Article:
As the German philosopher Arthur Schopenhauer noted: “All truth passes through three stages. First, it is ridiculed. Second, it is violently opposed. Third, it is accepted as being self-evident.” That human nature tends to follow these steps because of groupthink, prejudice and jealousy, would establish a clear historic transition between BIM1 and AIM1. The common thread running through the three stages is the tendency of humans to step on flowers that rise above the grass level. It is not the mark of conservatism, because some hypothetical notions of extra dimensions or the multiverse gain traction within the astrophysics community even though they have no evidence in their favor. In contrast, the existence of a technological civilization was demonstrated in at least one case: the Earth, and the physical conditions on Earth are shared by numerous other planets.

The traditional Jewish blessing for birthdays: “May you live until you are 120 years old”, implies that I recently reached the midpoint of my life. Therefore, I started counting backwards the number of years left. Given this perspective, I decided to focus my attention on substance and not on the number of likes I get on social media. My newly defined goal is to act as the agent that makes the transition between BIM1 and AIM1.

The fundamental question is whether this transition will be good for the future of humanity?

My answer is a resounding yes, as I explain in my forthcoming book, Interstellar. First, this transition would allow us to recognize scientific and technological knowledge that goes beyond what we acquired over the past century. Our current scientific knowledge has giant holes. To name a few of them: What is the nature of dark matter and dark energy that make 95% of the mass budget in the present-day Universe? What happened before the Big Bang? What happens to matter or radiation that falls into a black hole? How are quantum mechanics and gravity unified? When did life start to form in the Universe? How many technological civilizations preceded us in our own Milky-Way galaxy alone and what did they accomplish? What are the capabilities of the most advanced form of artificial intelligence (AI)? Is time travel possible?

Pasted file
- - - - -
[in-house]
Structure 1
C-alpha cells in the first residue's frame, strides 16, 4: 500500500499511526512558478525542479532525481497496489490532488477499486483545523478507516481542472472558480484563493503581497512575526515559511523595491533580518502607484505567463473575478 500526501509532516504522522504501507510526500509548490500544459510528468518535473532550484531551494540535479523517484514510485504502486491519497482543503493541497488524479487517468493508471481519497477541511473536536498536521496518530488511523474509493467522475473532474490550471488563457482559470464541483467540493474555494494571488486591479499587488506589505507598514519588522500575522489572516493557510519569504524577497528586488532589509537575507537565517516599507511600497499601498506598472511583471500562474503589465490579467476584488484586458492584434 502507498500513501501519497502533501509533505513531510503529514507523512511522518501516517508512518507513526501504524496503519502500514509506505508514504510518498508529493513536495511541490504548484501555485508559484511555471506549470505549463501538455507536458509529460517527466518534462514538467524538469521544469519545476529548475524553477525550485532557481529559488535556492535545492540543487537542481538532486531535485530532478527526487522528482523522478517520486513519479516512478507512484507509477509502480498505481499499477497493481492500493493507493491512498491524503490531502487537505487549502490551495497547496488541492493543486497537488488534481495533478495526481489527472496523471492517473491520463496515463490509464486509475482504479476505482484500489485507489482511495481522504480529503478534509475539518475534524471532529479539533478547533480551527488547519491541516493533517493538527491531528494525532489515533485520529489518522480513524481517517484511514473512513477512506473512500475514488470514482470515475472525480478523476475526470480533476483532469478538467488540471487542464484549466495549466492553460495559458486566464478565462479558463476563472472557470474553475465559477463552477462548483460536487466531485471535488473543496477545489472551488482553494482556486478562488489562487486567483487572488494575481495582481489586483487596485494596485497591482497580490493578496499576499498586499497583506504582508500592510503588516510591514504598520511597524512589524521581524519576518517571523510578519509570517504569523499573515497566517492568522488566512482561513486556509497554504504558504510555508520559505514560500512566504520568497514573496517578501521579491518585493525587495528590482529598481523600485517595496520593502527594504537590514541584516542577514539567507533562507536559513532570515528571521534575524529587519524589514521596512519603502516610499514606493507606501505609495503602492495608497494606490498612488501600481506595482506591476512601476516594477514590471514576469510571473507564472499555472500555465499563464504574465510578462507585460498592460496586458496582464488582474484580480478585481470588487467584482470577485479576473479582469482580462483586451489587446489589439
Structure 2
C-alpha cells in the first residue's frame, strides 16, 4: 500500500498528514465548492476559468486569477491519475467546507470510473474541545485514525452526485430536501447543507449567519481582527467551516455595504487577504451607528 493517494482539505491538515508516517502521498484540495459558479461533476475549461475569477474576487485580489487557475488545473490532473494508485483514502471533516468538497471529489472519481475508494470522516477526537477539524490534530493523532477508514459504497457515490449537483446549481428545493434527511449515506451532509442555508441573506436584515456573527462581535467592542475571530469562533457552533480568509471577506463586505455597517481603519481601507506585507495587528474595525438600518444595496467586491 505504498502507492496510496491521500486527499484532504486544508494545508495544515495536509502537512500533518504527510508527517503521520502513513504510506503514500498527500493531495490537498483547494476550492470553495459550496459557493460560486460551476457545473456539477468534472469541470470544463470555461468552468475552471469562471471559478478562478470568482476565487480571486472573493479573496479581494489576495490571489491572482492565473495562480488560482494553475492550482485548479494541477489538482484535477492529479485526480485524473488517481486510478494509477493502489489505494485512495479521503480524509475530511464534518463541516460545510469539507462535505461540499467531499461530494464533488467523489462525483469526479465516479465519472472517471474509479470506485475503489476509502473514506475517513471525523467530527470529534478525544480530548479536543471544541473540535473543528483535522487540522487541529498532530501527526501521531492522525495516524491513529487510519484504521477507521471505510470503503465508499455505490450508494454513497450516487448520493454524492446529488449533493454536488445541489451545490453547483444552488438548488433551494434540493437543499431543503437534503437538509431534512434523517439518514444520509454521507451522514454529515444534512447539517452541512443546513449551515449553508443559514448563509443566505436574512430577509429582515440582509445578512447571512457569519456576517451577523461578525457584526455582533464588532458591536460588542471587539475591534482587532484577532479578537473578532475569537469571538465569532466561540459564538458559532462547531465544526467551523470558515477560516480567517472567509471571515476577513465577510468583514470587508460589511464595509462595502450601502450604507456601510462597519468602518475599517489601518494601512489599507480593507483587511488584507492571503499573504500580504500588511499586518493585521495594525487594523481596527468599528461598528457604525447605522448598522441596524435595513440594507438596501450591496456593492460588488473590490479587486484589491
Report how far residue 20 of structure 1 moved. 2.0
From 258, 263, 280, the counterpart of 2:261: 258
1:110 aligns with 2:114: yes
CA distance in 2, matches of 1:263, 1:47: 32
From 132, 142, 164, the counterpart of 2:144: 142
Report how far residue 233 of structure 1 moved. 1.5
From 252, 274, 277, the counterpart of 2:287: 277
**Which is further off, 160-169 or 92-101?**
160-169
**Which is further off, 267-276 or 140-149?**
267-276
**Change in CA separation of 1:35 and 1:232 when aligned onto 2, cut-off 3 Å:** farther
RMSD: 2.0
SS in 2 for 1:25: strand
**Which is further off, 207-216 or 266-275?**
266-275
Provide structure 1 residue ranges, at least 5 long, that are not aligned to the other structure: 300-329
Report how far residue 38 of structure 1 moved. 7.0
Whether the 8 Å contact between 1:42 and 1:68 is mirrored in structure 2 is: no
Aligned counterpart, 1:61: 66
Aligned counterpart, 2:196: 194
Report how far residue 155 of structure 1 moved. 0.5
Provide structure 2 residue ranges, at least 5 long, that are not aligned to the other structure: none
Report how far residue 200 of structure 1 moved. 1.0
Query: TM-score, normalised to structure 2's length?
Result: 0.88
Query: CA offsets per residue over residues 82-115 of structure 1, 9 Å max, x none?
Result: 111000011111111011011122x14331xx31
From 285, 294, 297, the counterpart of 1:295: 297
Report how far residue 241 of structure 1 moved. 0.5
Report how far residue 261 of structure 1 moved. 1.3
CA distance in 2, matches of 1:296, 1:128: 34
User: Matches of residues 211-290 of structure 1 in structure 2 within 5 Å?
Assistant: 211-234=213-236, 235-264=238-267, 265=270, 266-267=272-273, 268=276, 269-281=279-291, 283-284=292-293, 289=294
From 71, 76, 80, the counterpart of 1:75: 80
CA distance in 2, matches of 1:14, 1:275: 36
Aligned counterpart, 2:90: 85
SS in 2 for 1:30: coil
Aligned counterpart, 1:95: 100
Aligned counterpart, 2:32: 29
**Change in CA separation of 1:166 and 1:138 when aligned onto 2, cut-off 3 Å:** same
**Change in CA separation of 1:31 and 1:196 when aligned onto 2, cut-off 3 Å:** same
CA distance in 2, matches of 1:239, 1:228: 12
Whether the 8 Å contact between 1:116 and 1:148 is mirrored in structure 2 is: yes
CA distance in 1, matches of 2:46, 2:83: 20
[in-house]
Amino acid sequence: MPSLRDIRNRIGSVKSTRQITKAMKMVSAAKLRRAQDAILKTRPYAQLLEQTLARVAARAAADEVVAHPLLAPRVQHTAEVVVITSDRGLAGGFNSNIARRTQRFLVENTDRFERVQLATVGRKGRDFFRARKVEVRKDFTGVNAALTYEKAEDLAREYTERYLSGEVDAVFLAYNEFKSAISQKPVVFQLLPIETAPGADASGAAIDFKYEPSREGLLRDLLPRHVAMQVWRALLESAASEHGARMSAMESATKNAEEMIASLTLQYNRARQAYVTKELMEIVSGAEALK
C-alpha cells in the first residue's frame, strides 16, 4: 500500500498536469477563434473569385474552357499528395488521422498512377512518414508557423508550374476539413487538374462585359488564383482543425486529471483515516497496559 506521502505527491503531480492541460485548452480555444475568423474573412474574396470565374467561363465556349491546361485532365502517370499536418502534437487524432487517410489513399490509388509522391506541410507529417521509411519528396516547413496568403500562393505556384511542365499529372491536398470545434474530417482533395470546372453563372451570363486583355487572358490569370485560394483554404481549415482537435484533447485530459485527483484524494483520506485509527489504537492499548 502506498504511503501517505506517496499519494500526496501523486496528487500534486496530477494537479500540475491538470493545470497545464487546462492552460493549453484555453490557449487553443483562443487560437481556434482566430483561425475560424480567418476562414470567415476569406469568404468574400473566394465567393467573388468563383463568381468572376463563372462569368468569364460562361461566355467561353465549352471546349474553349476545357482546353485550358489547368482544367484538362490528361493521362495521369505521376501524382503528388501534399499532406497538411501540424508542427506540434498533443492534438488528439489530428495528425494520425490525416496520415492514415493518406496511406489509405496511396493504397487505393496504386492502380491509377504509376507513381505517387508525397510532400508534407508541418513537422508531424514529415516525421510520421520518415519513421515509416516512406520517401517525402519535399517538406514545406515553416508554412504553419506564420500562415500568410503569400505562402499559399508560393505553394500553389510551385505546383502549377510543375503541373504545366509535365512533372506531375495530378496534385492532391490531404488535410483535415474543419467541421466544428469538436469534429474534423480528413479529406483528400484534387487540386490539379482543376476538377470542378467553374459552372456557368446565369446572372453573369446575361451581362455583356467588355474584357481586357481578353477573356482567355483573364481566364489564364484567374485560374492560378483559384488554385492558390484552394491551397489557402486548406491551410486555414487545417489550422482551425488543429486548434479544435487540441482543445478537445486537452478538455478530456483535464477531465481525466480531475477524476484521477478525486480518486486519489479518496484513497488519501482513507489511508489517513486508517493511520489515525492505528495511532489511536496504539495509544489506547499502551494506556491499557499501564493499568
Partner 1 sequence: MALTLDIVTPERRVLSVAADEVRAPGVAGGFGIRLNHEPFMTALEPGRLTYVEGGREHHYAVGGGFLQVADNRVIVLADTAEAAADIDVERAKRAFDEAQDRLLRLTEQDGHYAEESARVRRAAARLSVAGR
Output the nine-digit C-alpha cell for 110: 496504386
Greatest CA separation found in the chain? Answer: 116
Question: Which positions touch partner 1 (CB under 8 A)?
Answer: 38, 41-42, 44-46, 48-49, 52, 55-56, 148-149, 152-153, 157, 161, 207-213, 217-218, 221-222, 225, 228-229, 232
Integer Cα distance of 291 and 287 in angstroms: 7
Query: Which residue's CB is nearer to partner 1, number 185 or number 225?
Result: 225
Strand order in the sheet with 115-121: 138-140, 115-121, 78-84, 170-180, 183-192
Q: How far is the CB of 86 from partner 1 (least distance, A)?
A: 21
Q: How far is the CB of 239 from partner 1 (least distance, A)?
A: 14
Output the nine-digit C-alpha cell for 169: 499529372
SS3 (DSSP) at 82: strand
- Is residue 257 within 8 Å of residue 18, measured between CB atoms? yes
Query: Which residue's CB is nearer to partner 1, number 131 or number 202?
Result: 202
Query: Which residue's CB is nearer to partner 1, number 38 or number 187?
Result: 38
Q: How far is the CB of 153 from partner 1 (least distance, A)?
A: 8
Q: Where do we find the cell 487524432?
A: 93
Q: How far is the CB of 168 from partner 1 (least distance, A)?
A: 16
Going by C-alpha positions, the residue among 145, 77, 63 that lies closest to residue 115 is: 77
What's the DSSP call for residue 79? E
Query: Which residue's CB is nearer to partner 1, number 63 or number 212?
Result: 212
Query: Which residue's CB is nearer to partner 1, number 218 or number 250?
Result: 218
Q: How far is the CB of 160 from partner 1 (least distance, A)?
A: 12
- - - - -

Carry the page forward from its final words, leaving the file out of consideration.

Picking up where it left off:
Whenever new knowledge is acquired, it leads to new questions, and so it is likely that we will learn things in the AIM1 era that we cannot even imagine — given our limited knowledge in the BIM1 era.